AE: We’ve proven that. I mean that was already proven by SGS Lakefield. Why would somebody question that? We’ve already released that information.


    GIN: If you listen to the interview with Mickey Fulp, that was questioned.


    AE: Yes, but I don’t think you should take that as gospel. There were so many wrongs in that interview — I’m here to correct that. For one, he referred to our deposit as amorphous, which is totally wrong. It’s a sedimentary process; we’re volcanic and hydrothermal. The other thing that was said in that interview is that we use acid. That’s totally wrong. We don’t use acid. It’s a base, sodium hydroxide. The other thing I think he said was it’s “infrastructurally challenged.” Anybody that goes around the world to look at mining projects would find that the infrastructure that’s around us is probably some of the best you can find. You can see that on our website and in our presentation.


    Amazing how we have all these “experts” out there that can do write ups but twist everything for their own benefit. Lye or distort the facts.


    Take Care
    7 Sep 2013, 09:08 AM Reply Like
  • ausheds
    , contributor
    Comments (946) | Send Message
    Informative & balanced piece Jaberwock.
    Like RE there seems to be so much attention to in ground potential rather than market realities, and the ability to deliver.
    Will certainly be interesting to watch this unfold over the next year or too.
    11 Sep 2013, 07:59 AM Reply Like
  • Serend
    , contributor
    Comments (5) | Send Message
    Thanks, Jaberwock, for your intelligent analysis of the graphite scene and market.


    However, there seems to be one factor which has not been considered. There is an elephant in the room, casting a huge shadow over all the companies mentioned, but which appears to have been ignored in these comparisons.


    The Balama deposit, in Mozambique, (owned by Syrah Resources; SYR on the Australian Exchange) has a resource currently estimated at 1.15 BILLION tonnes, at 10.2% graphite. That means about 115 million tonnes of contained graphite. Last year, the US Geological Survey estimated the total of all known reserves in the world at 77 million tonnes. So Balama contains substantially more than the total of ALL the other graphite orebodies known in the world. As you would probably expect, there are large zones much richer than the overall average grade


    And this comes with good infrastructure (main road access, water, cheap power, and port facilities). The deposit outcrops at the surface, so strip ratios are negligible.Their published plan is to start production late 2014 - at an initial rate of 220K tonnes per year, which is about one-fifth of current world consumption.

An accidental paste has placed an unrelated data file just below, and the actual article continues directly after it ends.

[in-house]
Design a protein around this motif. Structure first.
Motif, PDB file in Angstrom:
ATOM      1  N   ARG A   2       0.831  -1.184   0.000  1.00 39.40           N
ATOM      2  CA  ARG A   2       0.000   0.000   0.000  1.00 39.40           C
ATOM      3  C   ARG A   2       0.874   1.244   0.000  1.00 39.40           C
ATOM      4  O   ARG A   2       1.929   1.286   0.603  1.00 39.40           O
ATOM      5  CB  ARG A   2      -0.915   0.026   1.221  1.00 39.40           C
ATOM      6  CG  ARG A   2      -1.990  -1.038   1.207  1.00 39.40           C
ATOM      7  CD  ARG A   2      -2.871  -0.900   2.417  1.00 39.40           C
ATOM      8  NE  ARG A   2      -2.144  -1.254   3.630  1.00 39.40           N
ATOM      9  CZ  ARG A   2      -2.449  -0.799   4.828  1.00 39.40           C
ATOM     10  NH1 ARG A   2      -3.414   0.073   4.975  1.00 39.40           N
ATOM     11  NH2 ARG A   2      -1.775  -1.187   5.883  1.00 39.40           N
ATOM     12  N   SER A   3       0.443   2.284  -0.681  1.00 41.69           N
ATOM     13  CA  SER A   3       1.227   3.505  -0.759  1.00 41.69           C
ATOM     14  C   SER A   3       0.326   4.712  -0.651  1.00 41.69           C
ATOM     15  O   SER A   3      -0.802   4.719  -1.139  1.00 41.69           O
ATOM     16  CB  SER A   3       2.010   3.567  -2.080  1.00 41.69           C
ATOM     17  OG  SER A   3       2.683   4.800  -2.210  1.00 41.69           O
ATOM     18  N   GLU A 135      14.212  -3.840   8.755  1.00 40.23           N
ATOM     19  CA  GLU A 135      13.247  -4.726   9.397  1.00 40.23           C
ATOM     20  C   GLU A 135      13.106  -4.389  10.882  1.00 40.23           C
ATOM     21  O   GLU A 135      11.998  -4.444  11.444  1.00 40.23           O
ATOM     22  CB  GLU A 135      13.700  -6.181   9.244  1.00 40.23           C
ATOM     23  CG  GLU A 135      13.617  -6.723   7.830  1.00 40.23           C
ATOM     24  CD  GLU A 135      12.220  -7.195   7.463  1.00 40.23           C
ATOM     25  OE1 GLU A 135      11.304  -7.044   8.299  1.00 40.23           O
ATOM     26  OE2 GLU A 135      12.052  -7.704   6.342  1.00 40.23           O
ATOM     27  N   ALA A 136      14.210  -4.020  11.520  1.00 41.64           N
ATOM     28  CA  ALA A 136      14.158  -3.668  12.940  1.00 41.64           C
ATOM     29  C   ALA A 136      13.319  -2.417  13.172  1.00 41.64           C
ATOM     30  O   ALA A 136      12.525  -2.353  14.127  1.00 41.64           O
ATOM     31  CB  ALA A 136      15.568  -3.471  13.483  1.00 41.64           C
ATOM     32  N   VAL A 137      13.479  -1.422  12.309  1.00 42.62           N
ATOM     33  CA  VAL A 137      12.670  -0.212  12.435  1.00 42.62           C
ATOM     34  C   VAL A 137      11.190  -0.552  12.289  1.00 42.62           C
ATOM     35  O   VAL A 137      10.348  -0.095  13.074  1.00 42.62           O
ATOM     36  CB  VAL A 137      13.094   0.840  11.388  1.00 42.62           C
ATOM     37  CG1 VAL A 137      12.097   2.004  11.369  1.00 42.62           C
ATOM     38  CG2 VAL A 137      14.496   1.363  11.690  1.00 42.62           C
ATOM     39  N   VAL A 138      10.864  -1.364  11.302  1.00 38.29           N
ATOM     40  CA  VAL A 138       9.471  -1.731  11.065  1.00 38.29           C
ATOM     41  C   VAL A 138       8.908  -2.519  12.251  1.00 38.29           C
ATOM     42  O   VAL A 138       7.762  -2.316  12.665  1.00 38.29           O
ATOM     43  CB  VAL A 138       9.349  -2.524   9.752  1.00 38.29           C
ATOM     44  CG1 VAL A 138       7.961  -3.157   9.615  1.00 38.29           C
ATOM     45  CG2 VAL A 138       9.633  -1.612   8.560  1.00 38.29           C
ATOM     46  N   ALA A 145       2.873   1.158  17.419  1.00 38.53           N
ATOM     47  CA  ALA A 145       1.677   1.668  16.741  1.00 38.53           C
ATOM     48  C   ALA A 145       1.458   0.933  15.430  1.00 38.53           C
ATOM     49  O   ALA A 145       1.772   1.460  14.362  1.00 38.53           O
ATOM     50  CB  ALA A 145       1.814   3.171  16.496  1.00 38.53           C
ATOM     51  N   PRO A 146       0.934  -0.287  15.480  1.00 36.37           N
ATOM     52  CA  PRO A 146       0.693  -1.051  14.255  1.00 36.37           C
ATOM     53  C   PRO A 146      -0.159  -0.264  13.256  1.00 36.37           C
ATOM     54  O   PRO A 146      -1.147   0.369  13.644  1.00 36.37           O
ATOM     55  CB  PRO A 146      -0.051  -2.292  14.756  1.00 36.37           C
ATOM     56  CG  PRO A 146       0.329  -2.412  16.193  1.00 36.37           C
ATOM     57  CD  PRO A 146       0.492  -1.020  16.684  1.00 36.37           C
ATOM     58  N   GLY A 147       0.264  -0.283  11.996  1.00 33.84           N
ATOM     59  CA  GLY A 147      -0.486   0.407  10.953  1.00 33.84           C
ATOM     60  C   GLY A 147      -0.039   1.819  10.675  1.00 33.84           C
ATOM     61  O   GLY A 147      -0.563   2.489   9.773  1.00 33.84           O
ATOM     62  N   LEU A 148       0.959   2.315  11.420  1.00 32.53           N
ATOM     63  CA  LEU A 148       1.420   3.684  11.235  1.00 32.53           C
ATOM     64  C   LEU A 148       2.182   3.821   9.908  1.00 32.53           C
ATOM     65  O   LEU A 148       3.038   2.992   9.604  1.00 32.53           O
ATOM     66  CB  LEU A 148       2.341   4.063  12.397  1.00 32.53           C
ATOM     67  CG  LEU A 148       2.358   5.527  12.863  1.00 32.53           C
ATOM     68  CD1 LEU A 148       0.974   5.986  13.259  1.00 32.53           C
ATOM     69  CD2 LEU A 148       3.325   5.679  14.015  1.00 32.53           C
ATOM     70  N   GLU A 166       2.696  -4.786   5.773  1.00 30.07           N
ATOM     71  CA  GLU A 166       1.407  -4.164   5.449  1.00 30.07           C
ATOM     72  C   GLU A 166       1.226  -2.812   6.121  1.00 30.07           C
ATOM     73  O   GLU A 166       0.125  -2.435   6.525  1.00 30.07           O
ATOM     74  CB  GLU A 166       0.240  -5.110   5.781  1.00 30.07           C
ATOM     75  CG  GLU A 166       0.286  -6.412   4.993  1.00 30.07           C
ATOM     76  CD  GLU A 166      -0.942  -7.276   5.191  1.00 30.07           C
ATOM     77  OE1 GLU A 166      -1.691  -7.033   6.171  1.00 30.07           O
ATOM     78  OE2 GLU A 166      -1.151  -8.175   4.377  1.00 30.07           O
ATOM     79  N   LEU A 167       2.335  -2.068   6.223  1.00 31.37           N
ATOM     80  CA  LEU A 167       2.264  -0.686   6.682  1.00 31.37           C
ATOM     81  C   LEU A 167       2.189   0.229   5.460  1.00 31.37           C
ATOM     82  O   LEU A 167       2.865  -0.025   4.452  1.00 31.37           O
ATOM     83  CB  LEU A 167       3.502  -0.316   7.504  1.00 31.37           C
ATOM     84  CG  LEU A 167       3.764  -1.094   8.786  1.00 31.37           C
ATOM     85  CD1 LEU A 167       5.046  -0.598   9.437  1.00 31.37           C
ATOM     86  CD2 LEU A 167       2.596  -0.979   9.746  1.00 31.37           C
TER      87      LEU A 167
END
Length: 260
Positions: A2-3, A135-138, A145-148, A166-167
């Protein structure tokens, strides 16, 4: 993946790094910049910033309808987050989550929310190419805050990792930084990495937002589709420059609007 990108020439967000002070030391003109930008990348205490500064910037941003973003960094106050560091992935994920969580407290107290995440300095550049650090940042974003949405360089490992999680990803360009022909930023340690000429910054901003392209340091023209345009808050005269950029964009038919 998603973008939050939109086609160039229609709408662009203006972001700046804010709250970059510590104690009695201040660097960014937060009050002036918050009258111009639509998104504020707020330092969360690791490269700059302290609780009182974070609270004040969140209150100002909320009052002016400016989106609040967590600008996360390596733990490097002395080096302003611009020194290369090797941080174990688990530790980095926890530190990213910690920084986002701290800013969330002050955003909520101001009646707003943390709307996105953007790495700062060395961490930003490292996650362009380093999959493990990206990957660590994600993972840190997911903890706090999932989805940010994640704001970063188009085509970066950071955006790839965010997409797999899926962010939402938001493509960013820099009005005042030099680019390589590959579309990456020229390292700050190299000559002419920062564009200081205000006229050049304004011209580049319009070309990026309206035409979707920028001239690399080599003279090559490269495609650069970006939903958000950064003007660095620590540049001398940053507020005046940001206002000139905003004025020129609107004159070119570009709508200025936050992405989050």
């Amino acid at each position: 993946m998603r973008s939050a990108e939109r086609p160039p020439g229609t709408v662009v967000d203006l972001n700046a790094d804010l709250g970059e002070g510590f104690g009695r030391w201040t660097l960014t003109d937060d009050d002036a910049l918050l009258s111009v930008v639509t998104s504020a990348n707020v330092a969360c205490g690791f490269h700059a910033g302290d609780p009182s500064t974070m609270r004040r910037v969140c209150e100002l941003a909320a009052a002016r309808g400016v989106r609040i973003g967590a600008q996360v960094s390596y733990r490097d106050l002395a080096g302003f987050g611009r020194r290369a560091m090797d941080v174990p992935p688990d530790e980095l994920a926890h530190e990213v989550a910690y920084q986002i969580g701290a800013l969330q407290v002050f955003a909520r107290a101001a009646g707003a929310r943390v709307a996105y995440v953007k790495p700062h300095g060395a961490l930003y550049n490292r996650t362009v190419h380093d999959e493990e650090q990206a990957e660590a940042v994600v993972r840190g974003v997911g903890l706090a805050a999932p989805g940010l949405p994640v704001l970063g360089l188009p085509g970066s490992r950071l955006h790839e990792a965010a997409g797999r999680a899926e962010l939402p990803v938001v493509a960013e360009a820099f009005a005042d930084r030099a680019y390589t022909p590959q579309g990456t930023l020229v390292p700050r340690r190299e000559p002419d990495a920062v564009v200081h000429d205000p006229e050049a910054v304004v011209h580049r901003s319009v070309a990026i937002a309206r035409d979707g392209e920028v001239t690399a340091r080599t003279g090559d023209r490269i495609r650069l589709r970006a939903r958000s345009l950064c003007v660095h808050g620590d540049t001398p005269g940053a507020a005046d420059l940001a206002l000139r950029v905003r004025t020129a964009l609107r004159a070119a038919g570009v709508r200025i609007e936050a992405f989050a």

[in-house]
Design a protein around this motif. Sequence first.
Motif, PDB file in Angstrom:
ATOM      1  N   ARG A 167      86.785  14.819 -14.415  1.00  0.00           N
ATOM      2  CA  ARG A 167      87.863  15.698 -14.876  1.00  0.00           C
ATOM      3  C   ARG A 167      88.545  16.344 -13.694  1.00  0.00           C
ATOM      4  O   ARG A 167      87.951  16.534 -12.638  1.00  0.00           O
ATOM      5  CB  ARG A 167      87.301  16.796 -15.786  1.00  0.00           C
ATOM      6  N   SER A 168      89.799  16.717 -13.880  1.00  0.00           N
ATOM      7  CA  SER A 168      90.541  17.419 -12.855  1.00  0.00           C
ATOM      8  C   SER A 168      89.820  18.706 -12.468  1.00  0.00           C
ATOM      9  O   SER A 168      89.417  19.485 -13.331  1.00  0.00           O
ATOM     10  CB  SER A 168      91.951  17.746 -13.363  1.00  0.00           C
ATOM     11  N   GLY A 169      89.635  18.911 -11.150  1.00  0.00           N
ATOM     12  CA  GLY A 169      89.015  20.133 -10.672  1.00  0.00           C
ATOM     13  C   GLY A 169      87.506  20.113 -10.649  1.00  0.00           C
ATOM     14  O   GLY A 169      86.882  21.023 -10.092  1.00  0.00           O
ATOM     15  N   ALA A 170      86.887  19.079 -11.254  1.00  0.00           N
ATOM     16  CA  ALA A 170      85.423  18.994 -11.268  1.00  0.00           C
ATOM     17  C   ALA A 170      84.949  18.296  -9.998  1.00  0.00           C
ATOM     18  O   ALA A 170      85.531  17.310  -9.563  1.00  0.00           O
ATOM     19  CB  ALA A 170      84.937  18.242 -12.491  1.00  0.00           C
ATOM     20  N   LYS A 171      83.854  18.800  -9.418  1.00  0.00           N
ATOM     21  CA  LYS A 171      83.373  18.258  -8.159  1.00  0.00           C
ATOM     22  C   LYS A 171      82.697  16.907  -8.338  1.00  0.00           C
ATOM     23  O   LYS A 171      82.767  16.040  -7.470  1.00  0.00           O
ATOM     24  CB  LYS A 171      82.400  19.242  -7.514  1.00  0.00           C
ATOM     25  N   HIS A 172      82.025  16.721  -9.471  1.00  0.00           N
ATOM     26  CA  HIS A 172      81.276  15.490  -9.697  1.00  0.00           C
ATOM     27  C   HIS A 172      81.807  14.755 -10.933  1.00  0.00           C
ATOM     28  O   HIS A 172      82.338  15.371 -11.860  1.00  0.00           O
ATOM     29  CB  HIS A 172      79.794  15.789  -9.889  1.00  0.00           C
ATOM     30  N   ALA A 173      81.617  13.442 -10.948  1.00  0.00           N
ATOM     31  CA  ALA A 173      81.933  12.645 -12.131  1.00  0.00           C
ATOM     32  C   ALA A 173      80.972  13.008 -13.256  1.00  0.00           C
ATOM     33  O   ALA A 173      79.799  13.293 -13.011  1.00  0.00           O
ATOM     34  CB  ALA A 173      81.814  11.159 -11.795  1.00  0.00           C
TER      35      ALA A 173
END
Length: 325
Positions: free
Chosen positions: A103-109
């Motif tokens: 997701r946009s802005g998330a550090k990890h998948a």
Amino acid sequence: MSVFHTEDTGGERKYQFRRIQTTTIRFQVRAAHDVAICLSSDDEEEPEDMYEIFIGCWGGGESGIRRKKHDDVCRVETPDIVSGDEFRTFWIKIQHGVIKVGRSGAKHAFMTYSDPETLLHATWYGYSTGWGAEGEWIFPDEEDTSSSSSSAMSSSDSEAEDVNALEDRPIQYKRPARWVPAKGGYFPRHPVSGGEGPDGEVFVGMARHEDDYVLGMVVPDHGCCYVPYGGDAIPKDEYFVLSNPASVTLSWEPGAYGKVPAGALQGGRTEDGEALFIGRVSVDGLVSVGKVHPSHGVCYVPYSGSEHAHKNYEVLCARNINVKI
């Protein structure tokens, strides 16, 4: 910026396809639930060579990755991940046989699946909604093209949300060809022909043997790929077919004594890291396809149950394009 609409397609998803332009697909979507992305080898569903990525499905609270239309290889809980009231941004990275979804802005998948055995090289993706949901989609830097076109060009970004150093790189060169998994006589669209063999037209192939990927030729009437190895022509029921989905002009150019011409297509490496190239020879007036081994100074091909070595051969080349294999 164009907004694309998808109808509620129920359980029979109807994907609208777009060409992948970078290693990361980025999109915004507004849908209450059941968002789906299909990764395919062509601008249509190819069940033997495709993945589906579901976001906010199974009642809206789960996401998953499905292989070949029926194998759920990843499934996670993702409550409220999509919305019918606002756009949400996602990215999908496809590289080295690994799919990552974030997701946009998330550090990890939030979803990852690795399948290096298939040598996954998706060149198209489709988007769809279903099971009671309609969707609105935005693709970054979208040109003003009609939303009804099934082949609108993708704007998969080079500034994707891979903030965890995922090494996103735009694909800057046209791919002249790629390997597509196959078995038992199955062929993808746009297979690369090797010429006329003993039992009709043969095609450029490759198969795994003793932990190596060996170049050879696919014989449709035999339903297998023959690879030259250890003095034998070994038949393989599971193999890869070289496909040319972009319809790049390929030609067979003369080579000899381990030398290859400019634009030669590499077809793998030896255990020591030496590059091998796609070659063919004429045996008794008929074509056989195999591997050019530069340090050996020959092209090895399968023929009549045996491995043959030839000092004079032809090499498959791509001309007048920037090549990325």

Capex has not yet been formally announced, but has been unofficially estimated at levels closely comparable with Northern, Focus and Mason. Unit operating costs, however, will be much lower.


    But that's not all. The orebody contains substantial amounts of vanadium, which metallurgical work has shown to be easily removed from the graphite, and processed intowhat the company has described as "possibly the highest grade vanadium concentrate in the world". The volume of vanadium produced is likely to be significant in terms of world demand, and this will obviously further strengthen the project economics.


    It puzzles me that the almost-certain impact on the world graphite market has been largely ignored in North America. This will clearly be, by far, the largest graphite mine in the world, one of the richest, and certainly one of the lowest cost operations. It seems fairly clear that most of the smaller prospective miners will find it difficult to compete in any remotely price-sensitive market.


    I appreciate Jaberwock's considered approach, and therefore ask whether Balama, and its likely consequences for the graphite industry, was included in his assessments.
    15 Sep 2013, 11:37 PM Reply Like
  • jaberwock
    , contributor
    Comments (302) | Send Message
    Author’s reply » I am aware of the Syrah resources project in Mozambique, and I agree with you that it is indeed an "elephant in the room".


    Syrah trades on the Australian exchange and over the counter in the USA. The US trading volume is very low, some days nothing is traded at all.


    Like most people here, I would normally buy the graphite juniors on the TSX. I would certainly buy Syrah if I were able to make trades on the ASX, but my broker doesn't trade ASX shares.


    The potential impact on the market of a major new entrant with low operating costs and vast resources is a risk factor which I should have mentioned. Thank-you for pointing this out.
    16 Sep 2013, 08:04 PM Reply Like